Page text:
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STAR method: A powerful framework for interview success

With increasing regularity, life sciences interviewers are asking candidates to provide examples of situations in which they have demonstrated the skills that are required of the post. This interview technique is gaining in popularity as it allows interviewers to differentiate between different candidates, assessing not only the competencies that they demonstrated in the situation that they describe, but also their ability to think on their feet in an interview situation.

Whilst this interview technique can be very helpful for interviewers, it can prove overwhelming for candidates who are not sufficiently prepared to deal with a situation based interview. You need to answer coherently and demonstrate the skills and attributes that the interviewer is seeking, in addition to doing so within a constrained time period.

In this article, we will explain what the STAR method is, and how to utilise it effectively in both job applications and interview situations.

What is the STAR method?

STAR stands for Situation, Task, Action, Result. It reminds you of the need to tell a compelling story with a start, a middle and an end, but more than that, it places the importance of the outcome front and centre.

When an interviewer asks you to describe a situation in which you demonstrated a particular competence, they are interested in the actions that you took and the effect of their actions on the outcome. The STAR method helps you to craft a suitable response.

Situation: Start by describing the situation in which you demonstrated the particular competence. Were you leading a team, part of a team, deputising for a senior colleague, or volunteering for additional responsibility?

Task: Describe the task that you had to undertake. What challenges were you facing and what was your particular level of responsibility in this situation?

Action: Explain the actions that you took, and the reasons why you decided that those actions were the most appropriate solution for the situation.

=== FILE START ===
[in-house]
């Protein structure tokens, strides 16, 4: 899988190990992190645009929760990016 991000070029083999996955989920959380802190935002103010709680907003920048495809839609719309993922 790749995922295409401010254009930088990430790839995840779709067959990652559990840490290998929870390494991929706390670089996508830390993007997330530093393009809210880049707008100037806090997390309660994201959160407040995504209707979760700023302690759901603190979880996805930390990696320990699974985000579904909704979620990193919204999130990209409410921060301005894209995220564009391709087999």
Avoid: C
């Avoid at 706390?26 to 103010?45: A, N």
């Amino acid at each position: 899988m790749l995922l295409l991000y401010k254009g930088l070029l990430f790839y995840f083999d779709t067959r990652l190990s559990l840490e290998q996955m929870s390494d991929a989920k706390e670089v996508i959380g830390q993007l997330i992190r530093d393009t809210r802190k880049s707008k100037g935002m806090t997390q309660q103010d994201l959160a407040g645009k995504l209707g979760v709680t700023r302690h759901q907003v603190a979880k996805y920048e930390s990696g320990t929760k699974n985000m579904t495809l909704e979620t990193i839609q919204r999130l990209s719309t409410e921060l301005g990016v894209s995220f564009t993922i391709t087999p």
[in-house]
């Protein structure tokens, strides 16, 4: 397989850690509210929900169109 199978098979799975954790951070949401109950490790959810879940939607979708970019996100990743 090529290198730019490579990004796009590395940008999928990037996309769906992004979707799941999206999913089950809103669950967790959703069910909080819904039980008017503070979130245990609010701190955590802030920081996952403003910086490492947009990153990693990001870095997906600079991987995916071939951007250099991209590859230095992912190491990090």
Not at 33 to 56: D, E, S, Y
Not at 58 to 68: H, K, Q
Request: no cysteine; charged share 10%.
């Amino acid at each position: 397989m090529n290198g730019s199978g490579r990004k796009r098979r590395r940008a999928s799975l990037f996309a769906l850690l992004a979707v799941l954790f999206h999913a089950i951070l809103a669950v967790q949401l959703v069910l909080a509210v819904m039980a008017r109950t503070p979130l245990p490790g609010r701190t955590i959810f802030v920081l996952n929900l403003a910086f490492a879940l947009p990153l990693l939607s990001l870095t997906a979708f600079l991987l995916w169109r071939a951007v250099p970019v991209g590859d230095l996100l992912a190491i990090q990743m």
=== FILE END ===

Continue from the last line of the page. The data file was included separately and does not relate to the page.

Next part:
Result: Describe the outcome that you achieved, any challenges that you overcame, and the way in which you judged the success of the outcome. You should be prepared to explain the lessons that you learned from the situation and how you would handle a similar situation should you encounter it again.

When should you use the STAR method?

The STAR method should be your go-to whenever you are asked to describe a situation, tell the interviewers about a time that you have demonstrated particular skills or competencies, provide a competency-based example or explain the way in which you have overcome a challenging situation.

The STAR method can be used in job applications that require you to demonstrate your level of skill and experience against a defined set of competence criteria or in an interview situation when you are asked a question that requires a competency-based response.

Top tips for using the STAR method

You must be concise but cover every element of the acronym. Do not be tempted to ramble or to include details that are not relevant to your particular actions. Explaining the way in which colleagues or contractors delivered against your instructions will not demonstrate your ability, so tailor your examples to promote the actions and results that you delivered.

Remember, explaining the outcome that you achieved is essential. Without it, the interviewer cannot understand the value of your achievements, skills and experience. If your actions resulted in increased funding for your company, secured a new venture capital investor, or set new standards in innovation, make sure to highlight this to the interviewers.

Preparing for an interview

Make sure you review the job description and your application thoroughly ahead of your interview. This will provide valuable insight into the skills and competencies that you are likely to need to demonstrate at the interview. You should also consider the size and age of the company to which you are applying, as a small startup or scaleup organisation will require their staff to demonstrate a different skill set than that required at a large, established firm.

You can use these insights to craft a number of STAR-based examples that detail the way in which you demonstrated the competencies that are important to the hiring organisation. Practise your examples at home prior to the interview to ensure that you are entirely satisfied that they adequately demonstrate the success criteria associated with each competence and that you are comfortable talking about each situation and your role therein.

Don’t be afraid to make some notes to bring into the interview with you as an aide memoir. Whilst the ability to think on your feet is a desirable attribute in any biotech company, it is essential that you take the actions that are necessary to feel prepared for the interview and to deliver your strongest performance.

In conclusion

The STAR method is ideally suited to situations in which you are required to provide evidence-based responses in job applications and interviews for both early stage European biotech companies and established biotech organisations. It provides a defined framework that helps you to prepare and structure your examples in a manner that is easy for the interviewer to assess and ask follow-up questions.

For help applying the STAR method to your next interview, please contact ScaleX Consulting today. Our expert team of life sciences recruitment consultants will help you to hone your interview skills and secure the job of your dreams.

If you found this insight interesting, we recommend reading How to Answer “Why Did You Leave Your Last Job?”

ScaleX Consulting offer trusted biotech business consulting and life science recruitment services, to help you take the next step in your journey.